In the 2007 text, God and Government in the Ghetto: The Politics of Church-State Collaboration in Black America (University of Chicago Press), Emory University political science professor, Michael Leo Owens, examines the relationship and engagement between African American religious leadership (mainly Christian) and politics.
Suggesting that certain social programs consequently result in some churches positioning themselves as strategic political operatives, Owens' work intimates that these fellowships function in the vein of political pragmatisms (a practical way of dealing with problems by offering solutions).
Moving away from the long standing civil rights tradition of protest politics (evident throughout the history of Black's response to social-civil injustice in larger society: particularly witnessed by protest marches, sit-ins and boycotting), more and more churches and religious leaders are functioning out of a political pragmatist paradigm, especially in light of the Obama presidency.
Recent Faith Based Initiatives provide support and funding for churches (via social and communal programs) to respond to urban social and communal needs. The lack of response to certain needs had led to current issue of nihilism and what Robert Franklin, in his book, calls a 'Crisis in the Village' (see his The Crisis in the Village, Fortress Press, 2007).
In a recent article in the Wall Street Journal (March 17th), one of Black America's foremost visible political protester, Rev. Al Sharpton, seemed to have successfully made a transition from political protester to political pragmatist. In the article, Sharpton has made no less than five trips to the Obama White House to discuss and advise on such issues as jobs and health care. As "Obama's Ambassador to the Black Community," to borrow from the Journal's heading, Sharpton's political maneuvering has sparked controversy within the Black community, among other voices most notably Tavis Smiley and Cornel West. The point of controversy appears to focus on old-school protest politics and new-school political pragmatisms, especially in the form of building social programs. This, according to Owens, has resulted in some churches (and leaders) as influencing social policy with regard to political domestic policy.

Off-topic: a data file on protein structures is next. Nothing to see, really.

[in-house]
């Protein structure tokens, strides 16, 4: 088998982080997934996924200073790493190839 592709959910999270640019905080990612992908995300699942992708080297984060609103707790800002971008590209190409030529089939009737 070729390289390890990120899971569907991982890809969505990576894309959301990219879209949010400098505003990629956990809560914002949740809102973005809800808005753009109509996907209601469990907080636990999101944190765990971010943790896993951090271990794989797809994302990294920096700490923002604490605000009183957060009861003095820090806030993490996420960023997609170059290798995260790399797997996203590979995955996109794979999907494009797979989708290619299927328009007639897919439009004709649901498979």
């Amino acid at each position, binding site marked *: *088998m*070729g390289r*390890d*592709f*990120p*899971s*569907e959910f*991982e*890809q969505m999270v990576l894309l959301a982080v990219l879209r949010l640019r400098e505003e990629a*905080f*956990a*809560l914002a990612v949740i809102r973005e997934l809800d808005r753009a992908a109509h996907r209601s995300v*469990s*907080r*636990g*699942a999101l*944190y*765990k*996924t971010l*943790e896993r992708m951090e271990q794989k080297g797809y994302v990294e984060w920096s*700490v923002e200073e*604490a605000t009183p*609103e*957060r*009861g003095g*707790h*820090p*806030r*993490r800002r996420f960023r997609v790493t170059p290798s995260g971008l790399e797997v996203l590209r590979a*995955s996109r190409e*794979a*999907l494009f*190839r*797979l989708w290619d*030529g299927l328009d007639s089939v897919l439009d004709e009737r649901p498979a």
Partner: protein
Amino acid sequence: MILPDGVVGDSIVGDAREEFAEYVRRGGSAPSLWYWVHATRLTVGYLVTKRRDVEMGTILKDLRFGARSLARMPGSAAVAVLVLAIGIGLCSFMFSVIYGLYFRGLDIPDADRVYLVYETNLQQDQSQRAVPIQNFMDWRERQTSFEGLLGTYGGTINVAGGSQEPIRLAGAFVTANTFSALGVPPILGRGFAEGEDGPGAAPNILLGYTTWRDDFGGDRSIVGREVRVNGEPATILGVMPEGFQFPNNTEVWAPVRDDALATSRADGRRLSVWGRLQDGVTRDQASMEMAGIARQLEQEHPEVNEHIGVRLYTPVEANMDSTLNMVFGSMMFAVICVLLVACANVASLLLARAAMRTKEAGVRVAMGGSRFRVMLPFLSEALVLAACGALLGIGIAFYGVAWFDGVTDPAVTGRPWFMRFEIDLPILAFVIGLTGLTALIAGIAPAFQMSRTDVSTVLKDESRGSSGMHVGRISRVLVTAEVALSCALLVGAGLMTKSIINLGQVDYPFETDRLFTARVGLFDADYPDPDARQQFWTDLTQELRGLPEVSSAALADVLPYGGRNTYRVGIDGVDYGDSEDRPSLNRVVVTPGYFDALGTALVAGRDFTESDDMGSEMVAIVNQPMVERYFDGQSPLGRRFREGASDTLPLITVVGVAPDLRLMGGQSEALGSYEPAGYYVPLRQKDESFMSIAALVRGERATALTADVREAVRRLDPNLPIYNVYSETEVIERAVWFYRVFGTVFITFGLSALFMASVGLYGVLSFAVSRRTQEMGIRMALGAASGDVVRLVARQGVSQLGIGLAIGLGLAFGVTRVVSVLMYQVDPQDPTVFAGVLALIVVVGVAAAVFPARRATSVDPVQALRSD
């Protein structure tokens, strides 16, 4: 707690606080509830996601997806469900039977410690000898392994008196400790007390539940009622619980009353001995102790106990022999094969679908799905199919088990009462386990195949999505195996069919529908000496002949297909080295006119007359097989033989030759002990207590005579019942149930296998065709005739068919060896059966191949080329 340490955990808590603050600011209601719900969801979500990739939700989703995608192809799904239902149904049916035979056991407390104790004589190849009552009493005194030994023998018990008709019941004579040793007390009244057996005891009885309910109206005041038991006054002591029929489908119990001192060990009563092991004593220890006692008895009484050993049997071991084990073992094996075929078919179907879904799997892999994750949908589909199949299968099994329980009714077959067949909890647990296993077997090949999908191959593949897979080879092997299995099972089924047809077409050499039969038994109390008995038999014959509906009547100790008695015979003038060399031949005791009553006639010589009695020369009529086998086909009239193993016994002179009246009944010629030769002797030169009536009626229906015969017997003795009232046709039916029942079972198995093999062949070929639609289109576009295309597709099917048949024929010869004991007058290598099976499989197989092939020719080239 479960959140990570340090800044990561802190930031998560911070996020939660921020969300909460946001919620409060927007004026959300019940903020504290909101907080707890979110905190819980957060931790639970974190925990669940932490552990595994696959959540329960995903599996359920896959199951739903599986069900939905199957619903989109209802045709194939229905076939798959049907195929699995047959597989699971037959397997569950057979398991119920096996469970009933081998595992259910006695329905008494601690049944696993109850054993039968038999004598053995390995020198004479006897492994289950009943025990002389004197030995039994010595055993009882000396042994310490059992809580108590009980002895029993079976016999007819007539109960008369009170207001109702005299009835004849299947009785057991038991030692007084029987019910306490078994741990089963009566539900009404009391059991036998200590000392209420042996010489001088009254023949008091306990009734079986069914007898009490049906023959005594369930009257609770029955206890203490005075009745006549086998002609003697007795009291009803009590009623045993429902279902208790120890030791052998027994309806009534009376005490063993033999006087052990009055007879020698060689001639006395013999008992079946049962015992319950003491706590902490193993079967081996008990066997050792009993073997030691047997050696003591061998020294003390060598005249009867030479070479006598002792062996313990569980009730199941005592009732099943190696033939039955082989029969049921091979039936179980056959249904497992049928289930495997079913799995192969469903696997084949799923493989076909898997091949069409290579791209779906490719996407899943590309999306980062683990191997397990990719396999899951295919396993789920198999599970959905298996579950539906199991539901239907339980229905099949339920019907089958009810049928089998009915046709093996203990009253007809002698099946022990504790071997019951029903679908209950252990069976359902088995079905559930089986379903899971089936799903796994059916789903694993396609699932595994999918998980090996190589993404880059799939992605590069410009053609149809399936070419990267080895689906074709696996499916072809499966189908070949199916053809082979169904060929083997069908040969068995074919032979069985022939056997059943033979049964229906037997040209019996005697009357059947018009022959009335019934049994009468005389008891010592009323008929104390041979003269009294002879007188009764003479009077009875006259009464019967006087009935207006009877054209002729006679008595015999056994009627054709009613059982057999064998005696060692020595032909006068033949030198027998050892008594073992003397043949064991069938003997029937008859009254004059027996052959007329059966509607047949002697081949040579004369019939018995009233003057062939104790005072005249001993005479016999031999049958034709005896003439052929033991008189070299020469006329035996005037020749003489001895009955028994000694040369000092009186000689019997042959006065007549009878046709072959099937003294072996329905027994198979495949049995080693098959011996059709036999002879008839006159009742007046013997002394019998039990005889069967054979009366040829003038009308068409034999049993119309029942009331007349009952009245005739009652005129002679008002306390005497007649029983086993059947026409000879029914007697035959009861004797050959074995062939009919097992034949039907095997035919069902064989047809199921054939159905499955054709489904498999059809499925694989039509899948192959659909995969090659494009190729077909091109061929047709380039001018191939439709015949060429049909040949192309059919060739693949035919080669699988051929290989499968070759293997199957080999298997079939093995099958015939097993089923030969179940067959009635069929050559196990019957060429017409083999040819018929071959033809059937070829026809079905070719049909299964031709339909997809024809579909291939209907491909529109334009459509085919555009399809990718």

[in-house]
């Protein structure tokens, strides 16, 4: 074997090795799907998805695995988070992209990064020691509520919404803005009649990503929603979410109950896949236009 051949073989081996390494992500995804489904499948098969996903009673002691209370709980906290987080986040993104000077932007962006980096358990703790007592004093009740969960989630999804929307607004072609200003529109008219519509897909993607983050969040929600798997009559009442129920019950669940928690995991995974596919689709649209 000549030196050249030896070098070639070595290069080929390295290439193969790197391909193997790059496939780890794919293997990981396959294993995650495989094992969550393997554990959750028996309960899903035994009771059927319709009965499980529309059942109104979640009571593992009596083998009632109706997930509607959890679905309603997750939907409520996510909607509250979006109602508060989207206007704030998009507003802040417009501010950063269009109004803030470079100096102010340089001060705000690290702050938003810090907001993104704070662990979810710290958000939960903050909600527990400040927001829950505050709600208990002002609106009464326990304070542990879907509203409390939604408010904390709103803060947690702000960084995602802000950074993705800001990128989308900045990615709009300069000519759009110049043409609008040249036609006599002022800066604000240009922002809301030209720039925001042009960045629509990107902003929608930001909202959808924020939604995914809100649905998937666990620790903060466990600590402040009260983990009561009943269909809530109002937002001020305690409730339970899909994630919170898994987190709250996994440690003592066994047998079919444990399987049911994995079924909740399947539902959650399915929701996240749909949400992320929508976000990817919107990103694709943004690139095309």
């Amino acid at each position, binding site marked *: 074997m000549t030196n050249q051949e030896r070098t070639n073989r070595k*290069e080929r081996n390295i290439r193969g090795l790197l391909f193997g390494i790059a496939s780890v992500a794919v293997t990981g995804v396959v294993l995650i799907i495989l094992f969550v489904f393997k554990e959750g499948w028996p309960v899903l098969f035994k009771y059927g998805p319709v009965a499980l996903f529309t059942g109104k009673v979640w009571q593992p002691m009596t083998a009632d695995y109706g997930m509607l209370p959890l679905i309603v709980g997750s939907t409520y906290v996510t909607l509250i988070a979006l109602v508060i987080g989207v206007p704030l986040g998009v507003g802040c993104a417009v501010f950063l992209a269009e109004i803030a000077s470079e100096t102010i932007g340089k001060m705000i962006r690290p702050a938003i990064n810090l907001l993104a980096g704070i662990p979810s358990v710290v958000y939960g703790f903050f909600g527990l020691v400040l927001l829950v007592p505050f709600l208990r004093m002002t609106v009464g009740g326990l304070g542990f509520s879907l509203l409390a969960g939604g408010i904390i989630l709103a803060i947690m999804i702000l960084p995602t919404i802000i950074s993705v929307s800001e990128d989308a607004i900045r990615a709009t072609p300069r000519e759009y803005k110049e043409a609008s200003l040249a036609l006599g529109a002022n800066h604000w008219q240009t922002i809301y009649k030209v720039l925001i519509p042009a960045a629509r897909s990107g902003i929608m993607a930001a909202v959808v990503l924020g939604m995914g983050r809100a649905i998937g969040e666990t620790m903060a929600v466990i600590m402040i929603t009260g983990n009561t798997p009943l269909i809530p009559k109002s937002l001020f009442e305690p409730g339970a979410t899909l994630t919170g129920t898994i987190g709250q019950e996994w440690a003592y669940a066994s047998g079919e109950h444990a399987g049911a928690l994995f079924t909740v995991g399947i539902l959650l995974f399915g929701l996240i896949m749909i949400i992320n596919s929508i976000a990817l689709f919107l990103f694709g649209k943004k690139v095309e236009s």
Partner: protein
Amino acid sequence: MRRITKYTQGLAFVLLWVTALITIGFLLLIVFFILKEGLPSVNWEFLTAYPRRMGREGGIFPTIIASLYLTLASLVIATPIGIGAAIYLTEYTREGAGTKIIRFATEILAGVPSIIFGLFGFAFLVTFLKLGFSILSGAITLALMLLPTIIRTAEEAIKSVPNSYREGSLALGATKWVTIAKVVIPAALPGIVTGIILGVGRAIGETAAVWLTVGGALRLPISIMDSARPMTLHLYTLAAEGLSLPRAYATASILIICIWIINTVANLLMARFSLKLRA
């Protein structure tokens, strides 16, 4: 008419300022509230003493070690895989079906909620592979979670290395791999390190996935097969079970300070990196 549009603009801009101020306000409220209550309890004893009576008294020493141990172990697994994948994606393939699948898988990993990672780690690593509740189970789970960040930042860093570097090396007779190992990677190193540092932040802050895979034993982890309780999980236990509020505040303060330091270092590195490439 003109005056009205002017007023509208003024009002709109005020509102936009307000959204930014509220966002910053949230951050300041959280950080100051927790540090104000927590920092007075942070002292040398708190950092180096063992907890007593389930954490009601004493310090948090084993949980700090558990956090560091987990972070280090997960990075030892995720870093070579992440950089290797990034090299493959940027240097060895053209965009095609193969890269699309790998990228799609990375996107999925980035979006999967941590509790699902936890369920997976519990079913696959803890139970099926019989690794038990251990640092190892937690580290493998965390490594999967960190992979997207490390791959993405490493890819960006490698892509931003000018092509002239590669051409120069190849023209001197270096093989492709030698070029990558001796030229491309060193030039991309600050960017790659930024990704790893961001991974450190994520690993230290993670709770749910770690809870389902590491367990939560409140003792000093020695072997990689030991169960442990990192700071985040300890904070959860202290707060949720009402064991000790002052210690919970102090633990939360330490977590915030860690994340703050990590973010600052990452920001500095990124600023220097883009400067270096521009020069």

Throughout the Bible, God's people functioned as political pragmatists; from Moses instructing the Pharaoh to free God's people from bondage to actually leading them through the wilderness; Israel's judges judging the nations on behalf of God; to Jesus setting new policy with regard to the current Jewish customs and traditions regarding legislative purification, political pragmatist have a focused biblical model.